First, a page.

Most compensation boards across Canada, at least formally, accept lost-time claims but only for those workers suffering traumatic mental stress in reaction to a traumatic event. This limited application stands despite a significant 2003 Supreme Court of Canada ruling. Two New Brunswick injured workers were denied access to permanent benefits by the New Brunswick Compensation Board for the debilitating chronic pain associated with their injuries.
The Supreme Court decision said the exclusion of workers from the general compensation provisions violated their equality rights of workers injured with chronic pain, contrary to the Canadian Charter of Rights and Freedoms. Workers suffering from chronic pain could not be treated differently than other injured workers.
Many had hoped the decision would open the door for other workers suffering from chronic work-related stress and mental injury. While they work to pry that door open, worker representatives continue to negotiate good disability management, return to work and employee assistance programs to ensure workers aren’t further harmed if and when they do return to work.
Fortunately, many others are working to develop educational resources to help identify, assess and eliminate workplace stressors and the harm they cause. For instance, the Workers Health and Safety Centre is working in concert with the Canadian Auto Worker’s (CAW) Health, Safety and Environment Training Fund to develop a 40-hour stress awareness program, which should be ready for a pilot in June 2006 and delivery in fall of the same year.
Two years ago the Training Fund sponsored a conference specifically on workplace stress. Lyle Hargrove is the Fund’s director. “We want to train union leadership about stress-related issues like we have for years on ergonomics and cancer prevention. They need the tools to go back to their workplaces, bargaining tables and legislatures to improve the way we work — our program will most definitely provide these tools.”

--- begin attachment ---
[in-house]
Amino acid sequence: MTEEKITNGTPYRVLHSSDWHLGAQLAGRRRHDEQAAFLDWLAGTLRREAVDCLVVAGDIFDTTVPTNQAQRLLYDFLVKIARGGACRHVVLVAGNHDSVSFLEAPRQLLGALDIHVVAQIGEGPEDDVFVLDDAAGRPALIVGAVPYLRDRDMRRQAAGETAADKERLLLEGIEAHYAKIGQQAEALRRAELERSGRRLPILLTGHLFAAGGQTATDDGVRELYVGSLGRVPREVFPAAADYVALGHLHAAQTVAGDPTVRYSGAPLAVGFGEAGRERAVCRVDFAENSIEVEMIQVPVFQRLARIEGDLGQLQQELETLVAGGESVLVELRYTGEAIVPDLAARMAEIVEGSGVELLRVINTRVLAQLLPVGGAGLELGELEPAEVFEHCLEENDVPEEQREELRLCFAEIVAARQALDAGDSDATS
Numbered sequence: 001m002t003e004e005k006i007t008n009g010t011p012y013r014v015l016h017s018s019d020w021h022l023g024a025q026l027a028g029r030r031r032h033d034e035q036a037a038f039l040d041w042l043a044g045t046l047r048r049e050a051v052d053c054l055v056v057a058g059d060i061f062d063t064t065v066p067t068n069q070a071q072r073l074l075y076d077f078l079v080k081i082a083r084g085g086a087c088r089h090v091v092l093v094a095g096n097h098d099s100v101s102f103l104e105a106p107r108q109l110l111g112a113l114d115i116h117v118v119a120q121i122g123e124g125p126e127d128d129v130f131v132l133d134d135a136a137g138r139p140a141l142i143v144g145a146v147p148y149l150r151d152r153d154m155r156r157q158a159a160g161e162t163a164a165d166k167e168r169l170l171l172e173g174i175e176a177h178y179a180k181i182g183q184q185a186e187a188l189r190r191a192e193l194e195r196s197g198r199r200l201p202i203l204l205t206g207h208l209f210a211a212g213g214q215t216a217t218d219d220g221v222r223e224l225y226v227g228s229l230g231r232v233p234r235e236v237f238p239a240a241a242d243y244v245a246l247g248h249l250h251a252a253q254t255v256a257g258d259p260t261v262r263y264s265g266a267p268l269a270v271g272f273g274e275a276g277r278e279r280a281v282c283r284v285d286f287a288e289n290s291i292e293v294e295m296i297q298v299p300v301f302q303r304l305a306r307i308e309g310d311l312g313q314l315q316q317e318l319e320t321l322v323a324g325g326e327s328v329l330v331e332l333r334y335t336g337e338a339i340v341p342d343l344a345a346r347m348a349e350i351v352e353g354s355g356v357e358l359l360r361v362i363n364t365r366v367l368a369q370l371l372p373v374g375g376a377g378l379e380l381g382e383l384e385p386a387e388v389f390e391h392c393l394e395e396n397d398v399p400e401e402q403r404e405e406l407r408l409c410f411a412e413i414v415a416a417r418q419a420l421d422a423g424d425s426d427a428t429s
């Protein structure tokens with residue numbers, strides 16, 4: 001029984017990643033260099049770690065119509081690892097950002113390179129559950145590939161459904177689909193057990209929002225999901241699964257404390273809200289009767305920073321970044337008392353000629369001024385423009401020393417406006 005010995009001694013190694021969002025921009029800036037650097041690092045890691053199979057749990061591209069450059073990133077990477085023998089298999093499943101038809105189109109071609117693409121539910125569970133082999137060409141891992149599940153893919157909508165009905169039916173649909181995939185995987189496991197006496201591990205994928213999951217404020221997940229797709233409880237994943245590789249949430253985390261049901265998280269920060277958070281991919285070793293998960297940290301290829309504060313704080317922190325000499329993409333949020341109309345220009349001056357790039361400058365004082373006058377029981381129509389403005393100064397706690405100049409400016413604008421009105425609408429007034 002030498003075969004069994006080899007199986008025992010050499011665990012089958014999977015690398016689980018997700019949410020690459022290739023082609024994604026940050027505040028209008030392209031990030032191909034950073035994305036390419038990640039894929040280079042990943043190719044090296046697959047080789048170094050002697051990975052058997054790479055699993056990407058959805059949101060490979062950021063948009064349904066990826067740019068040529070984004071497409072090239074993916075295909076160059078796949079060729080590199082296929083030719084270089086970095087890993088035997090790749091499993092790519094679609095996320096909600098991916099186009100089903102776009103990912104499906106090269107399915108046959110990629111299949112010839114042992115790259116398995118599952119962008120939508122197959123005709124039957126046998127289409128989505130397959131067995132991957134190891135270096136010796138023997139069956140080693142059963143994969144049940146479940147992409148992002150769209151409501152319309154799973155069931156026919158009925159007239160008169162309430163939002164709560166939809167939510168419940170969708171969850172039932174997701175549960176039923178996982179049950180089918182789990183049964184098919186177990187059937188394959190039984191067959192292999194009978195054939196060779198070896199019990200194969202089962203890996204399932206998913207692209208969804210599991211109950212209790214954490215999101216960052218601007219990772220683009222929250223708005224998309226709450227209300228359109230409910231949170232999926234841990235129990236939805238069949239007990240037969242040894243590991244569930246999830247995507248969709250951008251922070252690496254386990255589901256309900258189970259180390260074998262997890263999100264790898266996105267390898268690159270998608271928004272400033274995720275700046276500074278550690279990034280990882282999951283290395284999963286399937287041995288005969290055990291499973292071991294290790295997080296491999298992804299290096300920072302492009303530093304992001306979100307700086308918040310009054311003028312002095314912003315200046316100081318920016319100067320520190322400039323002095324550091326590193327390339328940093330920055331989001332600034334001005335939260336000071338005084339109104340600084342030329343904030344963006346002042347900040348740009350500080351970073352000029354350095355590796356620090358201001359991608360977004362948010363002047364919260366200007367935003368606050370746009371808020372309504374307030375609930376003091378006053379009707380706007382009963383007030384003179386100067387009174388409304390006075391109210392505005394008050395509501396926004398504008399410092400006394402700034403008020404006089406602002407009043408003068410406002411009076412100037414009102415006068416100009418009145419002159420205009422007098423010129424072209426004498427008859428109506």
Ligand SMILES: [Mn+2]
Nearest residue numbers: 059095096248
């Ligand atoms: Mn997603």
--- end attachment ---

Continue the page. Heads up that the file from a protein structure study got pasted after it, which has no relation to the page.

The Canadian Union of Public Employees (CUPE) has developed a resource guide for committees entitled, Enough Workplace Stress: Organizing for Change.
They also hope it will help worker representatives identify and address workplace stressors. The resource comes in response to a recent online survey of their members. It found more than 85 per cent of those who participated in the survey said levels of workplace stress had increased in the last two years, but only 24 per cent had raised the issue with their joint health and safety committee.
The Public Service Alliance of Canada (PSAC) are also educating their members on workload and work/life balance issues through their discussion paper called Karoshi
, the Japanese term for death by overwork. While the Alliance has bargained gains around leave provisions to care for family, they’ve admittedly made less headway on workload issues. Brenda Shillington, PSAC regional health and safety representative, reports, “Some members have tried to work part-time but there’s always pressure to do more. It seems either you have to leave the workplace altogether or you stay at work and juggle both. Workloads are largely still controlled by management, which if abused, can contribute to employee harassment.”
For more significant advancements, Ontario activists look to Europe for solutions. In the United Kingdom, where one in five workers report being extremely or very stressed from work, government campaigns (as a result of union demands) encourage employers to institute policies and programs to create a better work/life balance. Sweden’s Work Environment Act
requires employers to design work to limit physical and mental stress. In Denmark psychologists help investigate workers’ reports of stress. Scandinavian nations also lead the way in offering paid leaves to allow workers more time for family responsibilities outside of work.
So while new workplace focused research gets underway here in Ontario and Canada, workers and their representatives recognize there is much we can do already to prevent workplace stressors, mental injury and the suffering they cause. Helping workers keep body and soul together in today’s world will be a significant challenge, but all understand it is one that must be met.
The Workers Centre has recently updated their three-hour training module on occupational stress. A descriptor for this program and a Resource Line
, or hazard bulletin, on work stress is available at www.whsc.on.ca. Or call from anywhere in Ontario, 1-888-869-7950.